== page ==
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House of Commons Hansard
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16 July 2015
Volume 598
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The House may welcome an update on the military campaign against ISIL in Iraq and Syria.

ISIL presents a direct threat to the UK and to UK interests and the Government have been playing a key role in the global counter-ISIL coalition since its formation last year. The military effort is only one element of the wider coalition campaign to halt, degrade and defeat ISIL and its violent ideology through political, diplomatic and military means. In military terms, we have always recognised that the campaign would be a long one. While ISIL has recently had some tactical successes in Iraq and Syria, it has also lost significant ground, most recently in northern Syria. Its progress has been broadly halted and it is beginning to be rolled back. In Iraq, it has lost some 25% of the territory it held after its advance last summer.

The coalition air campaign has been vital in providing support to those fighting ISIL on the ground and in degrading ISIL’s military capabilities. As part of that campaign, RAF Tornado and Reaper aircraft have now flown over 1,000 missions and UK Tornado, Reaper, Airseeker and Sentinel aircraft have contributed sophisticated intelligence, surveillance and reconnaissance (ISR) capabilities to the coalition to find and strike ISIL. The UK is currently, the only coalition nation conducting manned ISR over Syria and, with the increasing requirement for intelligence understanding across a broad geographic region in Iraq and Syria, we have also taken steps to increase the efficiency of the coalition ISR effort through collaborative force management and sharing arrangements with the US for Reaper and Airseeker. As US systems, these two types are particularly suitable for such co-operation.

Since the outset of the air campaign, we have provided to Parliament a range of information on UK air activity, including on the number of strikes carried out by our aircraft based on UK methodology. As the campaign has progressed, we have had better visibility and understanding of the method used by the coalition to calculate total strike numbers which differs from the method used by the UK. I have concluded that it would be preferable in future to use coalition produced numbers for UK strikes. For transparency, the table below shows the number of strikes carried out to date by both methods. This will result in an apparent reduction in the total number of UK strikes but does not represent a material change in the substantial contribution that the UK has, and continues to make to the counter-ISIL global coalition air campaign. This includes some 30% of the total airborne intelligence effort, reflecting the crucial importance to the coalition of the UK contribution in this field.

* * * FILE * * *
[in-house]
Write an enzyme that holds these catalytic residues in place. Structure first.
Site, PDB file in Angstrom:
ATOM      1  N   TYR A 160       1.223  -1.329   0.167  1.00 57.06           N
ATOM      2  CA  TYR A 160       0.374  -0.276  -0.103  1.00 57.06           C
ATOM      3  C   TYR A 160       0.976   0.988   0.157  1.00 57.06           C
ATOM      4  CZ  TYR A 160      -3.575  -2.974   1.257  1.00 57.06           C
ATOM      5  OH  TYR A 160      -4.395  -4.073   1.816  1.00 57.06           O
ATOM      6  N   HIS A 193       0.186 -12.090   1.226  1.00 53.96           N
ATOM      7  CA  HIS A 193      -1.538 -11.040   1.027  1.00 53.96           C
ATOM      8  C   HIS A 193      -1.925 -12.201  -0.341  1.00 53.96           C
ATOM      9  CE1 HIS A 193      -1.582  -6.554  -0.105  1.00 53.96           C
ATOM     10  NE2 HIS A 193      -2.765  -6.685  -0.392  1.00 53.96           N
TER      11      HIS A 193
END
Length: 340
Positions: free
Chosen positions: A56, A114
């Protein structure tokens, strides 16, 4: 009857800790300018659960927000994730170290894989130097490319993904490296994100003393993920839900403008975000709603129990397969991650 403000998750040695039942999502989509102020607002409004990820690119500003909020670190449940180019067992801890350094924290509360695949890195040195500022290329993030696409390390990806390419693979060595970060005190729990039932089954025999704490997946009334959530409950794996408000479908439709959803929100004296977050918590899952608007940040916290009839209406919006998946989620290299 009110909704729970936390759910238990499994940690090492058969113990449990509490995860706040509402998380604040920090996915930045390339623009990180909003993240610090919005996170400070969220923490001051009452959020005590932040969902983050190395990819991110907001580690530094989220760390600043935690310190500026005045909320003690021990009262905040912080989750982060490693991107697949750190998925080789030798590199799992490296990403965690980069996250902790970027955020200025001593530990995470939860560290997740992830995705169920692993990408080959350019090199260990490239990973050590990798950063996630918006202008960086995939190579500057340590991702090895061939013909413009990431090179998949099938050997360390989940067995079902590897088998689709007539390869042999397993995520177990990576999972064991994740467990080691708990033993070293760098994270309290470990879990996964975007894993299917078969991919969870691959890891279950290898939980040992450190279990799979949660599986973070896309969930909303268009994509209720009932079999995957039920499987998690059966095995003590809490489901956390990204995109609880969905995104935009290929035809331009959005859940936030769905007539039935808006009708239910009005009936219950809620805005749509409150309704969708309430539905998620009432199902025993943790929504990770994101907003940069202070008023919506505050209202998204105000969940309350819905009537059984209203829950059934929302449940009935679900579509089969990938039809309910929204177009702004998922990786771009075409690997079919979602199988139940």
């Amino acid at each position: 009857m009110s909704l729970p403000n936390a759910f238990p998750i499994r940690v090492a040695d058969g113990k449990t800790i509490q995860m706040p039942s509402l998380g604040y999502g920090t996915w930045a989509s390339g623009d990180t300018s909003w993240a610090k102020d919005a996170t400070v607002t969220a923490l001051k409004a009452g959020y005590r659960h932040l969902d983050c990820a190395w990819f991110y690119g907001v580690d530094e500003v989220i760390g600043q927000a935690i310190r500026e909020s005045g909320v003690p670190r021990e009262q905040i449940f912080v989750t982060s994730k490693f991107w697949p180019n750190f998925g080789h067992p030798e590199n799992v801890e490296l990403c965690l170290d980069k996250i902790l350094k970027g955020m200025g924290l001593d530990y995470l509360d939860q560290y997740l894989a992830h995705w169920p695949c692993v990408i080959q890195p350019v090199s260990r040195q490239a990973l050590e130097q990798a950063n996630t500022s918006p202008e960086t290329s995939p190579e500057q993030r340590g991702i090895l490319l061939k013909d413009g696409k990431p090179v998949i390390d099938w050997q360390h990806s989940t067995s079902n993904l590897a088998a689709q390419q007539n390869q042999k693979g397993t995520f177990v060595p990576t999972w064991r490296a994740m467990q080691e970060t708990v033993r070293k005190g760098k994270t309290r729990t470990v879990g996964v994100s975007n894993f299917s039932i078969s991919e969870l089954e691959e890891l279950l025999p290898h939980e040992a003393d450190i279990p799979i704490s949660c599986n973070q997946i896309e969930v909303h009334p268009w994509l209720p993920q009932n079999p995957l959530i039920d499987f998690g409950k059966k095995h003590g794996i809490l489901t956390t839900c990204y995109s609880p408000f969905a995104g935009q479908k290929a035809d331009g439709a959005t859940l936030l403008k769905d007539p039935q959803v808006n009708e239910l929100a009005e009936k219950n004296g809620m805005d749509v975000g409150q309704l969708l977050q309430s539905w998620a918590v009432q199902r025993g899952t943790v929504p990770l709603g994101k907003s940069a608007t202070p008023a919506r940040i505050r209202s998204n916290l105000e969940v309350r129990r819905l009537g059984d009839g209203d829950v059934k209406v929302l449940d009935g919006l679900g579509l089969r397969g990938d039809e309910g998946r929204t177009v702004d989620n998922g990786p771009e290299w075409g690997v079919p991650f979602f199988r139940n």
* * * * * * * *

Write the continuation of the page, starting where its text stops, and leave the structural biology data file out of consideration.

The wider coalition military strategy also relies on working with local land forces to build their capability and capacity to help them combat ISIL more effectively on the ground. The coalition has been training Iraqi security forces at four and now five locations. This is a long term effort but, as part of this work, the UK has now trained over 1,600 personnel. The decision to expand our presence in Iraq by a further 125 UK personnel—which will bring total UK forces in Iraq to over 275—will enable us to bring this training to further coalition training sites across Iraq, and will particularly help the Iraqi security forces to combat improvised explosive devices which form the most pernicious threat they face as they combat ISIL. The UK is also participating in a programme with US and regional partners to train the new Syrian forces in regional training centres outside Syria. This nascent programme will take time to bear fruit but demonstrates our willingness to give direct support to members of the armed moderate opposition who show themselves capable and committed to fighting ISIL.

Op Shader: UK Strike Numbers

Monthly Strikes—UK Method

Cumulative Total—UK Method

Monthly Strikes— Coalition Method

Cumulative Total—Coalition Method

September 2014

2

2

2

2

October 2014

15

17

8

10

November 2014

40

57

26

36

December 2014

33

90

26

62

January 2015

46

136

28

90

February 2015

24

136

28

90

March 2015

42

202

29

138

April 2015

34

236

26

164

May 2015

37

273

34

198

June 2015

30

308

28

226

[HCWS132]